Similar to other languages, we can use conditions, loops, and other constructs when writing our scripts that help us solve more complex problems.
Every command that can be executed on the CLI, like
ls we already learned about and even pipes and chaining, can also be used in bash scripts.
Declaring variables in bash is very straightforward, as we can simply assign a value to every not-reserved word like below.
To use our variable, we can prepend a
$ to the variable name.
To compare the just declared variable in a condition, we can use it like above and evaluate its value in an if statement like this:
Whenever we want to run operations on multiple files, or just need multiple executions, we can make use of loops. Here are the three most commonly used loops in Bash.
Just like in other languages (and on the CLI) we can make use of conditional operators
|| as OR and
&& as AND to evaluate
and chain conditions.
To structure our scripts a little more, let's take a look at bash functions. They help us with putting different parts and tasks of our script into coherent blocks that can be invoked multiple times and with different arguments. Here's how a basic function looks like in bash
The example above shows us that we can execute functions or statements by calling /evaluating them like this
$(<function name>) and we'll be able to receive the returned value.
Unlike other programming languages, bash doesn't have a real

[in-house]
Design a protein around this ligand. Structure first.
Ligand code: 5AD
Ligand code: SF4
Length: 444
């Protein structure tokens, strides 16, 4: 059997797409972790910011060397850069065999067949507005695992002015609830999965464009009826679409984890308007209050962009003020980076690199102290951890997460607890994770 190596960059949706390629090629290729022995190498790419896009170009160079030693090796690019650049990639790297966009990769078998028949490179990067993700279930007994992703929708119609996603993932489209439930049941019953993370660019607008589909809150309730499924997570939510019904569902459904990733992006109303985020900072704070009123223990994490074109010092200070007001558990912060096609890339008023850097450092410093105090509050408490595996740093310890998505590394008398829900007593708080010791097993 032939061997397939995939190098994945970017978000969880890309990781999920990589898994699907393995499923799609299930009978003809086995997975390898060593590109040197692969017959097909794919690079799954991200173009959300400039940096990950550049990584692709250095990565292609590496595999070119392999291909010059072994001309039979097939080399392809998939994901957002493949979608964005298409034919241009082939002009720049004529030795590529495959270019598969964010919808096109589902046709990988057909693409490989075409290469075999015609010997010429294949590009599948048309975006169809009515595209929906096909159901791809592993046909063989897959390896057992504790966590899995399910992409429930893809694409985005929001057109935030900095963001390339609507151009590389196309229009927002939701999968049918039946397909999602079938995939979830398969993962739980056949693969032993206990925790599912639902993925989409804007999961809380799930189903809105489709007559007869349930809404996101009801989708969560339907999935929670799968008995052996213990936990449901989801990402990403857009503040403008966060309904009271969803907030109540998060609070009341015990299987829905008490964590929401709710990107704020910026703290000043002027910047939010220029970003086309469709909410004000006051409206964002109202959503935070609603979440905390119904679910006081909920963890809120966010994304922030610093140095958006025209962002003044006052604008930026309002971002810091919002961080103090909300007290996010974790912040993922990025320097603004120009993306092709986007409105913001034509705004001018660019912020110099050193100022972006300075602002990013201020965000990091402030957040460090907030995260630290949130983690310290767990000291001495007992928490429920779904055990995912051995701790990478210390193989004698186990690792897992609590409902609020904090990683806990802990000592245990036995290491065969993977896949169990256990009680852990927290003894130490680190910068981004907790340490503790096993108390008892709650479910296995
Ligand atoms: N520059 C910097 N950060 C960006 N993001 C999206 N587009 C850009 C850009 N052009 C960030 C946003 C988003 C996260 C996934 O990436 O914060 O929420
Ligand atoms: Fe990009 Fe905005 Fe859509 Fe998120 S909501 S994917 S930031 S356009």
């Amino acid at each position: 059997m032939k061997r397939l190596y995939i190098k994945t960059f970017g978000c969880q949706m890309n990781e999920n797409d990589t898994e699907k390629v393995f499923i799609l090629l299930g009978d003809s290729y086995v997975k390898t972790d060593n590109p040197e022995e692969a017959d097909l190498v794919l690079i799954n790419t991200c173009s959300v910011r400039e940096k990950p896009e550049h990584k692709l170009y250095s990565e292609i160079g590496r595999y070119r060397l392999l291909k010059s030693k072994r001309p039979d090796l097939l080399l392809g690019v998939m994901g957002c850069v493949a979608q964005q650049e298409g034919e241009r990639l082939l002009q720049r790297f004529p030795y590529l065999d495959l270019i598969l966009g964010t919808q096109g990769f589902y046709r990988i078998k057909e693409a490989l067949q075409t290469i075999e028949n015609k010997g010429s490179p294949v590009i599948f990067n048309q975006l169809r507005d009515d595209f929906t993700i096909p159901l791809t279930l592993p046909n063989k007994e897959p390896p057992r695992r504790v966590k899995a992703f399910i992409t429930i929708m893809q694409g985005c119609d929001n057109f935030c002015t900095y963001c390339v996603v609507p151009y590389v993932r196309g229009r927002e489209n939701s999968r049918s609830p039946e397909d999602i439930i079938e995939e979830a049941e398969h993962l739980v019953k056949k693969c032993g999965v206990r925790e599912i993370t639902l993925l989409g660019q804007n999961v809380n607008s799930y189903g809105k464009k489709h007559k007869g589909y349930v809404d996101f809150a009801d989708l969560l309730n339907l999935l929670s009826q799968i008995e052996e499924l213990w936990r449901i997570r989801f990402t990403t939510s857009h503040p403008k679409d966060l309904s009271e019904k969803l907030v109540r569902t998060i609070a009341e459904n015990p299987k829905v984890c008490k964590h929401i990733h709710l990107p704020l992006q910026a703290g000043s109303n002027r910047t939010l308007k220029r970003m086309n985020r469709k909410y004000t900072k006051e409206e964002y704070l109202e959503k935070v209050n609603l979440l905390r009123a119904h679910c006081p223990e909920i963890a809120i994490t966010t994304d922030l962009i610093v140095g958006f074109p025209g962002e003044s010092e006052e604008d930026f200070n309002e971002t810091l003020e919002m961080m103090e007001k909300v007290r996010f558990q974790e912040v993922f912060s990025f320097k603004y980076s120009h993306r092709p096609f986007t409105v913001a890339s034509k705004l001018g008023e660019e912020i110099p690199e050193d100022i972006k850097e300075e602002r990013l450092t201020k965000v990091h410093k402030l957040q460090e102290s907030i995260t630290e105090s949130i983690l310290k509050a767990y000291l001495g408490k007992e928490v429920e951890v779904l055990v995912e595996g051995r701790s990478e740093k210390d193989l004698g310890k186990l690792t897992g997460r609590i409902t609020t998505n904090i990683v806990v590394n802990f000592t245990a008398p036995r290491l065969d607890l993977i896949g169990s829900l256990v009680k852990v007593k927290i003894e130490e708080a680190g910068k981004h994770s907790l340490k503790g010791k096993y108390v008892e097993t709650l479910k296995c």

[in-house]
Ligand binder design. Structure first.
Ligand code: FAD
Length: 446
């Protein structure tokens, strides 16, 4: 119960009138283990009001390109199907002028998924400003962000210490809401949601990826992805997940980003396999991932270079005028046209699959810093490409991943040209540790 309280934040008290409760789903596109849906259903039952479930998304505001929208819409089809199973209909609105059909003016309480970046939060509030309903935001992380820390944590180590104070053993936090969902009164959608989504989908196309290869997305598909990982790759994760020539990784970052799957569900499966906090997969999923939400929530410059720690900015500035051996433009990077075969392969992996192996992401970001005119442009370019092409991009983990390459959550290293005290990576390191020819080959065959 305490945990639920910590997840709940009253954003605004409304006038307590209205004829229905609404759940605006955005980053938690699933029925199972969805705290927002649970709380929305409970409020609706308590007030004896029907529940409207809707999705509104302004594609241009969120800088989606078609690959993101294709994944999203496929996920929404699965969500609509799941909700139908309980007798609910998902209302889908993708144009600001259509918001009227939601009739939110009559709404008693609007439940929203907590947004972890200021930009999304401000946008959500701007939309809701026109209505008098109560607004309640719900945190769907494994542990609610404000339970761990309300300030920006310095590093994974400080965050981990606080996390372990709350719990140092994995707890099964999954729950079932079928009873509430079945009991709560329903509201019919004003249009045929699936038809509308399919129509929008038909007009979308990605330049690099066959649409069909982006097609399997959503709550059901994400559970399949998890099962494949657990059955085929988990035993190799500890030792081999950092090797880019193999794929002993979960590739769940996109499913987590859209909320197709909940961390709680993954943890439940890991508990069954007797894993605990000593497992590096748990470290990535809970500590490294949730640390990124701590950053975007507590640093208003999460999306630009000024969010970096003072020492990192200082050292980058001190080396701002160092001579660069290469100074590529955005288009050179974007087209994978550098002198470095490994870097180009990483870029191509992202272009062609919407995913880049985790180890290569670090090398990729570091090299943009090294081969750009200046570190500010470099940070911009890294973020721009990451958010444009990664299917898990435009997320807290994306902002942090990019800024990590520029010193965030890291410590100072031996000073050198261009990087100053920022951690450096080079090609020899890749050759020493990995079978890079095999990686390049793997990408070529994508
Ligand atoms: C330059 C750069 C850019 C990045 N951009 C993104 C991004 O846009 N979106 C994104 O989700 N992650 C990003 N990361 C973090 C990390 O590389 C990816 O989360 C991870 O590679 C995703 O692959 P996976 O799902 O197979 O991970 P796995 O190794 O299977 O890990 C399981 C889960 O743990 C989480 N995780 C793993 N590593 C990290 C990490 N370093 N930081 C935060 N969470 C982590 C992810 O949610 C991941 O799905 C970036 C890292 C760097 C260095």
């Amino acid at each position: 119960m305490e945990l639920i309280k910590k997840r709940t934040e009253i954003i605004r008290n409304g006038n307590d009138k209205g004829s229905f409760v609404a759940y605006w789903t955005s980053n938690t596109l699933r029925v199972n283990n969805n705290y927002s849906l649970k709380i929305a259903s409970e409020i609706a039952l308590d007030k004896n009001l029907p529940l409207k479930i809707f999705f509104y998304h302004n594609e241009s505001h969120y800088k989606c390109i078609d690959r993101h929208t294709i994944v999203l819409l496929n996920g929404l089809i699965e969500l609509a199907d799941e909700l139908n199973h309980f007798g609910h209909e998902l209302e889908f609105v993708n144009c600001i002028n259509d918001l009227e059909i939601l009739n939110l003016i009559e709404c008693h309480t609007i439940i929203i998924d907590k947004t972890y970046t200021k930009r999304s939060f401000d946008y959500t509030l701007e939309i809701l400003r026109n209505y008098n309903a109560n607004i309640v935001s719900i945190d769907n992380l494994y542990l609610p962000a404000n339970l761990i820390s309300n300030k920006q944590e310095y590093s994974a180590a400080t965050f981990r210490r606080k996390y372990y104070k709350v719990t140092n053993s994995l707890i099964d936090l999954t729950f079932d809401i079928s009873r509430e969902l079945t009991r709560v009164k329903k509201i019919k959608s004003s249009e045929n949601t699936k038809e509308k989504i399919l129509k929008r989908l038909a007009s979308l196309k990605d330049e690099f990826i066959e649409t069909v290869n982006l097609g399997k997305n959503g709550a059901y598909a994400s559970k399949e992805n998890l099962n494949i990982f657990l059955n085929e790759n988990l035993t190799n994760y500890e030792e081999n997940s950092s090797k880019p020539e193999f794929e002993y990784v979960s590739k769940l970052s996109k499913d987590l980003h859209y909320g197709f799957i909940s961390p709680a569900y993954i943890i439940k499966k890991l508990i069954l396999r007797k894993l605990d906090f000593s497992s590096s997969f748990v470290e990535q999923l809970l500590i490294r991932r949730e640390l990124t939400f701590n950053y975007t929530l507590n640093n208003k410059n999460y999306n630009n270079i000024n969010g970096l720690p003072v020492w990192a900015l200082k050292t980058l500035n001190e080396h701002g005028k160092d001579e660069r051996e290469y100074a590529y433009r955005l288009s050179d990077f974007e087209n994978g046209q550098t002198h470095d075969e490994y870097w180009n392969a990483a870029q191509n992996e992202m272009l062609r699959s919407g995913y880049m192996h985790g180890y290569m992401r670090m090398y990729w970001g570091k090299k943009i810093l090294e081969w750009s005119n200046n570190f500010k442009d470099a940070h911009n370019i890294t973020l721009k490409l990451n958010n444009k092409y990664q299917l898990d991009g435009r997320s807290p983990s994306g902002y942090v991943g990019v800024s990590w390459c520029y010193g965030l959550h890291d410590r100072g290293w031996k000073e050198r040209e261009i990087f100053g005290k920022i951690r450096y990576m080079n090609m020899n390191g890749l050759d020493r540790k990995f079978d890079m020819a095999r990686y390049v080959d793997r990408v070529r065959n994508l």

return statement, but functions instead return the status of the last executed statement inside the function.
If we don't need a return value however it is enough to simply call the function by its name. In the example above, simply calling
say without any braces would output
' world' because
we're not passing a parameter.
As shown above, every argument we pass into a function can automatically be accessed by
$n, corresponding to the position of the parameter
in the function's invocation. There are a few extra variables that are automatically defined for us
$0is automatically assigned (reserved) the function’s name
$#automatically holds the number of passed parameters
$@hold all passed parameters and can be iterated over
As mentioned above there is no real
return statement for functions, like we know from other languages. Instead, bash reserves the
return keyword for what's commonly referred to as status codes or a function's exit status.
The return value of any function execution is automatically assigned to the variable
$?, right after running the function or command.
This behavior is the same for any command we run, as they all have status/exit codes. So running a successful
ls command would
$? the value
0 — It is defined that
0 is a successful execution and 1 - 255 are reserved for errors.